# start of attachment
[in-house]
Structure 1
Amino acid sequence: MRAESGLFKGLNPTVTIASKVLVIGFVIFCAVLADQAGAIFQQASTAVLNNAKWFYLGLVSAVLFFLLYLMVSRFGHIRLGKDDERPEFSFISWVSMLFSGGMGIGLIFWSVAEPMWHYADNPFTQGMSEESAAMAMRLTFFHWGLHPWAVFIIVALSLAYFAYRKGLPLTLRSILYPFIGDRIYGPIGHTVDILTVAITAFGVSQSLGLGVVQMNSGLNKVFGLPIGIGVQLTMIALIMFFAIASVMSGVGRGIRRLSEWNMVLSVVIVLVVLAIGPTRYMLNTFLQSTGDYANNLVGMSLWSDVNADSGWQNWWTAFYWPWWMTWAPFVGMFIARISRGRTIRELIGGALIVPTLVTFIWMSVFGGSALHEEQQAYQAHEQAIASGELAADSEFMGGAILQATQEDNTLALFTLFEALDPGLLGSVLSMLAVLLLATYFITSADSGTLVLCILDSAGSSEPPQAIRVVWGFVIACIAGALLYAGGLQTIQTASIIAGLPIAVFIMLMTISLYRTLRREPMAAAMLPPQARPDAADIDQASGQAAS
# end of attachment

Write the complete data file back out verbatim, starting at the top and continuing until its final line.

[in-house]
Structure 1
Amino acid sequence: MRAESGLFKGLNPTVTIASKVLVIGFVIFCAVLADQAGAIFQQASTAVLNNAKWFYLGLVSAVLFFLLYLMVSRFGHIRLGKDDERPEFSFISWVSMLFSGGMGIGLIFWSVAEPMWHYADNPFTQGMSEESAAMAMRLTFFHWGLHPWAVFIIVALSLAYFAYRKGLPLTLRSILYPFIGDRIYGPIGHTVDILTVAITAFGVSQSLGLGVVQMNSGLNKVFGLPIGIGVQLTMIALIMFFAIASVMSGVGRGIRRLSEWNMVLSVVIVLVVLAIGPTRYMLNTFLQSTGDYANNLVGMSLWSDVNADSGWQNWWTAFYWPWWMTWAPFVGMFIARISRGRTIRELIGGALIVPTLVTFIWMSVFGGSALHEEQQAYQAHEQAIASGELAADSEFMGGAILQATQEDNTLALFTLFEALDPGLLGSVLSMLAVLLLATYFITSADSGTLVLCILDSAGSSEPPQAIRVVWGFVIACIAGALLYAGGLQTIQTASIIAGLPIAVFIMLMTISLYRTLRREPMAAAMLPPQARPDAADIDQASGQAAS